Matt Ridley, the author of several books on science, technology and business, recently wrote an article giving five reasons why he thinks the coronavirus nightmare may soon be over.
One, vaccine trials are promising.
Two, herd immunity may be achieved more easily than we first thought.
Three, with simple measures such as no handshakes, frequent hand washing, no large gatherings and so on, the virus will struggle to keep spreading in the community.
Four, we have more protective equipment and we have a better, if still imperfect, capacity to test, track and isolate cases.
Five, we now know better how to treat people who get seriously ill.
If we read closely into what Ridley says, the end of this nightmare will come with several conditions—including social distancing, work from home and living with serious restrictions.
In this issue, in the FF Recommends section, we are exploring some of the big questions around living and working in these dire times.
In this issue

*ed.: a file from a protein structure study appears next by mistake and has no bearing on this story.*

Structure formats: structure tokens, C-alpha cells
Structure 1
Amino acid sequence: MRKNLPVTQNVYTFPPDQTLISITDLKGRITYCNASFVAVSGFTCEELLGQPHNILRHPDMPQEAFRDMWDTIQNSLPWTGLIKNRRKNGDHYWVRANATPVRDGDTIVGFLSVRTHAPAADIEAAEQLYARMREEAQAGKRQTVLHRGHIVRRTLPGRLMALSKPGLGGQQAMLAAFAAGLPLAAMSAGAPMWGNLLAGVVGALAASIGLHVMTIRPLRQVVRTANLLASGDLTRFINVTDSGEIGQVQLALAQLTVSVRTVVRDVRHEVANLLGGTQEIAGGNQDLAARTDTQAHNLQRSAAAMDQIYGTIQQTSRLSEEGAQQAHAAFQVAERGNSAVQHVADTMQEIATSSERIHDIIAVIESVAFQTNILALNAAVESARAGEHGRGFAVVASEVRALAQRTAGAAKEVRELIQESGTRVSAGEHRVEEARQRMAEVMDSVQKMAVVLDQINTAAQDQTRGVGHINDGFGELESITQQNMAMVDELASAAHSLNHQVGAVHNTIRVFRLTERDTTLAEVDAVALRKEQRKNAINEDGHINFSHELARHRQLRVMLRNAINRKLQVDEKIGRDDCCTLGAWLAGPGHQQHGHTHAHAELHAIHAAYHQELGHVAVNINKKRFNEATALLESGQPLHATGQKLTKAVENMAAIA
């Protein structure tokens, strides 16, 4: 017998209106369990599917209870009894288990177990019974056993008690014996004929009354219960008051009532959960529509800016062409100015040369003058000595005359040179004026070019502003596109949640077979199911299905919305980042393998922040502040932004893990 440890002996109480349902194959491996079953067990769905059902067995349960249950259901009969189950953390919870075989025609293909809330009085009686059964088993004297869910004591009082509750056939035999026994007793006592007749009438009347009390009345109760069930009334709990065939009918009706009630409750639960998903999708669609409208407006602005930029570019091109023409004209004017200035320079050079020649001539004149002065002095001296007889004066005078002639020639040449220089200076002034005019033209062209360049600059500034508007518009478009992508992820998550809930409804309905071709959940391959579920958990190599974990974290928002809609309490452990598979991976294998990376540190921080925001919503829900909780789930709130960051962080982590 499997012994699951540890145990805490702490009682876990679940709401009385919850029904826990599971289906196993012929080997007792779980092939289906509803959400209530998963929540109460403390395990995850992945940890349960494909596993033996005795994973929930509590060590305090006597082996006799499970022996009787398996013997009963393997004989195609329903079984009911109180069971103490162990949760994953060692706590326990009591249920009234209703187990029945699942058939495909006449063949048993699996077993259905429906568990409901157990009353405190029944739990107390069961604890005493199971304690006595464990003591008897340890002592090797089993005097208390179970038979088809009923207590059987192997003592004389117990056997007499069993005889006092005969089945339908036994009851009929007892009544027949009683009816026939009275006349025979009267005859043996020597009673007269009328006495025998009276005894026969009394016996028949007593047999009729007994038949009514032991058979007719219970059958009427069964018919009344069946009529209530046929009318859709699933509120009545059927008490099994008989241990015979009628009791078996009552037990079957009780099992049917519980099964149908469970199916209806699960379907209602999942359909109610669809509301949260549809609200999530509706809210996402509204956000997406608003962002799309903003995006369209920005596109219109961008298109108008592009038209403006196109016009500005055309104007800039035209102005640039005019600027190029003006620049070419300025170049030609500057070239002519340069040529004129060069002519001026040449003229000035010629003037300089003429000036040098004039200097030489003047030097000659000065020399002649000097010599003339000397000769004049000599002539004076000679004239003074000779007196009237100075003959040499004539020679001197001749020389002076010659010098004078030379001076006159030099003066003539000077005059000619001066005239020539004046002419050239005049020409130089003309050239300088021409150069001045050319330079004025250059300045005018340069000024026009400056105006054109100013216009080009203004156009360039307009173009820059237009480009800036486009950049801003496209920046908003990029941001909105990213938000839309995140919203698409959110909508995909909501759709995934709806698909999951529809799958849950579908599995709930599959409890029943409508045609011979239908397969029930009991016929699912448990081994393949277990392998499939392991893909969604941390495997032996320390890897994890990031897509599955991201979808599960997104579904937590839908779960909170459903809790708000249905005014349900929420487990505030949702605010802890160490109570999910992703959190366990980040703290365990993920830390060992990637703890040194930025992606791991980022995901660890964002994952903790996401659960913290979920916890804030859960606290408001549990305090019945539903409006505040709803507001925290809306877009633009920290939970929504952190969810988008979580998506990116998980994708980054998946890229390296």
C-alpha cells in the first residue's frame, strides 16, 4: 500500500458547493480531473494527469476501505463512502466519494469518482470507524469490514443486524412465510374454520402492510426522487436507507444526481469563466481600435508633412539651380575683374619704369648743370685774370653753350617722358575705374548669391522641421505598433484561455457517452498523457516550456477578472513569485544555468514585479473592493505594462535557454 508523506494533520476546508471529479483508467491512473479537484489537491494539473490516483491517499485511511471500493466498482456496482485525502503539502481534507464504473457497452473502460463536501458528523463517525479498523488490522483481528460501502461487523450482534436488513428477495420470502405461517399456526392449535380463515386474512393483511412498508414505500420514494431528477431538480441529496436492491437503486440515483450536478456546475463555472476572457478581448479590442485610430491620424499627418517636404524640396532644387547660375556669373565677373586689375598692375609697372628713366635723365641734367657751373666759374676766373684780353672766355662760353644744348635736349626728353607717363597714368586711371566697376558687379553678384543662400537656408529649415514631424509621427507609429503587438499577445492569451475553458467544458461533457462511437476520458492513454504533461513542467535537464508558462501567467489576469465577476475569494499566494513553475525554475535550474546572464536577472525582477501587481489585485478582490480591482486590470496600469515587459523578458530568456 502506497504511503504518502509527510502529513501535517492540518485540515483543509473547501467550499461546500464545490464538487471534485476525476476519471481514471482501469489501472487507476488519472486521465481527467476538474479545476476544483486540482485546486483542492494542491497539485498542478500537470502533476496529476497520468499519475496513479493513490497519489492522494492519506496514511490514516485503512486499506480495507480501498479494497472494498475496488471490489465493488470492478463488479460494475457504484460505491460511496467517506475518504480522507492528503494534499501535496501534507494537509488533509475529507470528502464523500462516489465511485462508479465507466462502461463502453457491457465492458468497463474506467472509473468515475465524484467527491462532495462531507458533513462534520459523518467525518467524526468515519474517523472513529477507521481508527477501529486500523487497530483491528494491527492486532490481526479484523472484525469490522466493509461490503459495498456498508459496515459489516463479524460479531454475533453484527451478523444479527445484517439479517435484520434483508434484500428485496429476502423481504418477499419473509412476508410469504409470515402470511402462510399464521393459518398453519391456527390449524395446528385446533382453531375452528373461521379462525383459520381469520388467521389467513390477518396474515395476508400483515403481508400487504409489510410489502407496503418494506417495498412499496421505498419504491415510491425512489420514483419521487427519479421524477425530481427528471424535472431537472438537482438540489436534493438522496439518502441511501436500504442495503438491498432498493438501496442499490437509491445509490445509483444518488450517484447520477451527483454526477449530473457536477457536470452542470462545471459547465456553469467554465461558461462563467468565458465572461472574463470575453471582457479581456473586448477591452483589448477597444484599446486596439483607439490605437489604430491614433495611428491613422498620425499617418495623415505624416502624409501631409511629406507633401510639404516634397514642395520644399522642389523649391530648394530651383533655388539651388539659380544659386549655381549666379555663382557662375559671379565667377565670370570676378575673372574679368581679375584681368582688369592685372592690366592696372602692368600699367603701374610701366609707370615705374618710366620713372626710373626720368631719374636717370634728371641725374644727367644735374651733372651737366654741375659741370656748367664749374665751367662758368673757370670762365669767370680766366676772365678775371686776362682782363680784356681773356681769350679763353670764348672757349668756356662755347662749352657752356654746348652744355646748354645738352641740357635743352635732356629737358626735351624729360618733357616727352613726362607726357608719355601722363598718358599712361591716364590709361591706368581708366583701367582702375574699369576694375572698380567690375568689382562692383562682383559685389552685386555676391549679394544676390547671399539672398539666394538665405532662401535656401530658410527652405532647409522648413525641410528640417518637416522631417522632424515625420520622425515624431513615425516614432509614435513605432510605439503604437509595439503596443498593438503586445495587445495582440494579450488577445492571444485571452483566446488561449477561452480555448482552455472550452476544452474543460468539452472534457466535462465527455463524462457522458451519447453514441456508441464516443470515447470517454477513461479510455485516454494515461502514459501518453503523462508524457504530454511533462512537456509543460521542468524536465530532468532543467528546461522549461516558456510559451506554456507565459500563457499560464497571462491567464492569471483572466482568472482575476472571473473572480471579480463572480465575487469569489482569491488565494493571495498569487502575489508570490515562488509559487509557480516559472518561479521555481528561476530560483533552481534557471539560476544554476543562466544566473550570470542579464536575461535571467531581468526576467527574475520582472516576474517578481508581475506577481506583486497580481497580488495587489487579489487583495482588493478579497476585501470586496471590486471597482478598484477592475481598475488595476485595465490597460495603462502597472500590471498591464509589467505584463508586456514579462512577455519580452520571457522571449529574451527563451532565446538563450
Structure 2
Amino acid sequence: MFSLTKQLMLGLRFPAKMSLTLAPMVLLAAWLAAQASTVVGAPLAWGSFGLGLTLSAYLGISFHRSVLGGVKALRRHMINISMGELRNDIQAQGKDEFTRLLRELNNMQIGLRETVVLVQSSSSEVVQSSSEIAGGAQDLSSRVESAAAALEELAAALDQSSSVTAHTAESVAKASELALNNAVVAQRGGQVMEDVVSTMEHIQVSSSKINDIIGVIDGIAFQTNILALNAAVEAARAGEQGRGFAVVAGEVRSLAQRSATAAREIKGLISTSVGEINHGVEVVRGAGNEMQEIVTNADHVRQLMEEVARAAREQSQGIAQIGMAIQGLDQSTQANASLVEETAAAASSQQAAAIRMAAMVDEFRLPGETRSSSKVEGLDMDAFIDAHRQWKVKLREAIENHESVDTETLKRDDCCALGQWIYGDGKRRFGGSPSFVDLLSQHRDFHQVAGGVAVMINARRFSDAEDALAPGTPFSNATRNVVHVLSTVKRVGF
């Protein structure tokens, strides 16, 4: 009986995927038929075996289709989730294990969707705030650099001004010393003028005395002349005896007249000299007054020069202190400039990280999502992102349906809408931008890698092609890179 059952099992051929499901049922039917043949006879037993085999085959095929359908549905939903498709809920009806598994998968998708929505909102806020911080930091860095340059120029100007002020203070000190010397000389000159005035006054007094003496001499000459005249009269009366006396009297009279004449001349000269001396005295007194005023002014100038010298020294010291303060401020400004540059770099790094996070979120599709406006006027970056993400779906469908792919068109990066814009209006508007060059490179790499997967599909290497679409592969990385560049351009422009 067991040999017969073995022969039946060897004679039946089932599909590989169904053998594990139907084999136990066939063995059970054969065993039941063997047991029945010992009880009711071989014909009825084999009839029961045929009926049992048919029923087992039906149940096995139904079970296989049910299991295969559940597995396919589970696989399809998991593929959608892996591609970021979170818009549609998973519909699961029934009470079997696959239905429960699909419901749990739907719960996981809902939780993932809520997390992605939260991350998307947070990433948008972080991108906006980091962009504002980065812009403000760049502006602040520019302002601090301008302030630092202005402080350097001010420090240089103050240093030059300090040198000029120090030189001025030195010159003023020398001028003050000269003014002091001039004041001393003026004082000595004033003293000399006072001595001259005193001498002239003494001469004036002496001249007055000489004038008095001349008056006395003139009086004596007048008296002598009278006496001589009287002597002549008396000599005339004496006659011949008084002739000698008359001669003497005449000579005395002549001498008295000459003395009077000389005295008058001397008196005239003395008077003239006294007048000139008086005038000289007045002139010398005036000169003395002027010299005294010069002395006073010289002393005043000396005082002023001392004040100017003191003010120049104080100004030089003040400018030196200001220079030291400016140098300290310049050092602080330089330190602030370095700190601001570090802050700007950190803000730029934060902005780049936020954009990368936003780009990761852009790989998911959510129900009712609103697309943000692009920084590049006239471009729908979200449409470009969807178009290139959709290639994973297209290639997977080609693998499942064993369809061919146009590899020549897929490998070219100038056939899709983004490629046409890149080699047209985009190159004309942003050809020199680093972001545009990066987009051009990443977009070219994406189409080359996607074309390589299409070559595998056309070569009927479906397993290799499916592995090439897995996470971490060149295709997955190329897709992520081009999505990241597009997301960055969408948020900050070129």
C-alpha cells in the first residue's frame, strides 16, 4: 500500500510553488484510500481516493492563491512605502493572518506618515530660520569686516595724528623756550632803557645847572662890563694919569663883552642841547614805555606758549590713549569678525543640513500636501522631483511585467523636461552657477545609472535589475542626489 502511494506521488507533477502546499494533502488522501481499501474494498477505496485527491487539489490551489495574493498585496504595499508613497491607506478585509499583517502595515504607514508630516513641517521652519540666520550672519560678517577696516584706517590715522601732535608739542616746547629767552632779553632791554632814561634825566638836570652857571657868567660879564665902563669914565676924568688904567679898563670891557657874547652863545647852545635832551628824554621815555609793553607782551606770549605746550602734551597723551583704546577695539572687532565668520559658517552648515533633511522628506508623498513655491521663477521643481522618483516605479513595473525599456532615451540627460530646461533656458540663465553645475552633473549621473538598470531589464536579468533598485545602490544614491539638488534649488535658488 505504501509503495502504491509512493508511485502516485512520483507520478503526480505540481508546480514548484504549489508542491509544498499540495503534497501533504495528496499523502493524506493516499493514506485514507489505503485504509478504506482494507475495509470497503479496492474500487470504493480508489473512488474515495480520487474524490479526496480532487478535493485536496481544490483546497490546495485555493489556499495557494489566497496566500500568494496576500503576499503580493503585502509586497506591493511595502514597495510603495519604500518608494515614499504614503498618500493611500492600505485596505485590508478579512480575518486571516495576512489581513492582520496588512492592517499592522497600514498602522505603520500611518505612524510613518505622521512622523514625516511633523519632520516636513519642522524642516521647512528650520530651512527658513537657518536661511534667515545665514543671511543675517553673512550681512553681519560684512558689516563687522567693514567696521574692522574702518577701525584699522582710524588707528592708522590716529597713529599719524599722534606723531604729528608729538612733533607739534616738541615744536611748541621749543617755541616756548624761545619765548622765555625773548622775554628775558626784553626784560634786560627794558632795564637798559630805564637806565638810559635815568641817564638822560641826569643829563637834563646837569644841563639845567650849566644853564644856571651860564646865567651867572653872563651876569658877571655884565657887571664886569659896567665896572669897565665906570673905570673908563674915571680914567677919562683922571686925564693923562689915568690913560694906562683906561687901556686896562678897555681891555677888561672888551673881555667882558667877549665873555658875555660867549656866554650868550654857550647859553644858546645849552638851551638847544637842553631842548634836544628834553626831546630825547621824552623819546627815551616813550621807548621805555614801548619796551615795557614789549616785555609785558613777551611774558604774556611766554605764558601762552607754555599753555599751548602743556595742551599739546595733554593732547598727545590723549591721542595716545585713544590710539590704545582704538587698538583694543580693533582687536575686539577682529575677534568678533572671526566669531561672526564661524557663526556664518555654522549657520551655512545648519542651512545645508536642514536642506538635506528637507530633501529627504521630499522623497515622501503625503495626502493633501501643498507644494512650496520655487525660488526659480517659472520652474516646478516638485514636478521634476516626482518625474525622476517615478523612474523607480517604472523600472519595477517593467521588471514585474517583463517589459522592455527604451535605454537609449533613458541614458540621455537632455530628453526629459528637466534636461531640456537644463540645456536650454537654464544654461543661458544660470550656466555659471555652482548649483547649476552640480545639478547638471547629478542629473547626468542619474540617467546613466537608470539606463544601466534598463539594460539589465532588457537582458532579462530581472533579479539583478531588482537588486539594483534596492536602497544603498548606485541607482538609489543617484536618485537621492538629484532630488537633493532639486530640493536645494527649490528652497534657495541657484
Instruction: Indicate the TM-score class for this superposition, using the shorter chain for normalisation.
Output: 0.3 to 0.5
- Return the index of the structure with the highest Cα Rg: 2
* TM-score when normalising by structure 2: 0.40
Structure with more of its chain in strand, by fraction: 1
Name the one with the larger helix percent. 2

- FF Recommends: Why you should take an audit of what you do
- Why you should build both WFH and WFO muscles
- Why having the right accessory is not enough
Have a lovely weekend.
FF Recommends: Reimagining work for the volatile times | Take Audit
None of us anticipated that the novel coronavirus would mess with our watches, clocks and even calendars. Our perception of time seems to have gone all haywire. Weekdays have merged into weekends just as how offices have taken over our homes. And many of us can see it impacting everyone’s physical, emotional, and of course, professional lives. So, at Founding Fuel, we had a conversation around this with Kavi Arasu, who has been helping out individuals and organizations in these kinds of situations.
We will explore these questions deeper in the coming days. Here’s an extract of the conversation that defines what the problem is, and offers some pointers on how we will go about it in the coming days.
Charles Assisi: Kavi, we're coming to the close of the week. And, there's this question, that's at the back of my mind, and I may sound rather silly to you, but for some reason, this has felt like an extremely long week. I really don't know why this has been like an extremely long week. There are some weeks that just go by. But for some reason, this week didn't seem to end. The other day, for instance, I was speaking to Sveta, she just mentioned that it's only Tuesday, and I was thinking it was already Thursday. That's when it occurred to me that good lord, yeah, it's only a Tuesday and we're still a long time away. It just seemed like never-ending and I still haven't been able to wrap my head around it. I thought I will place this on the table with you and others.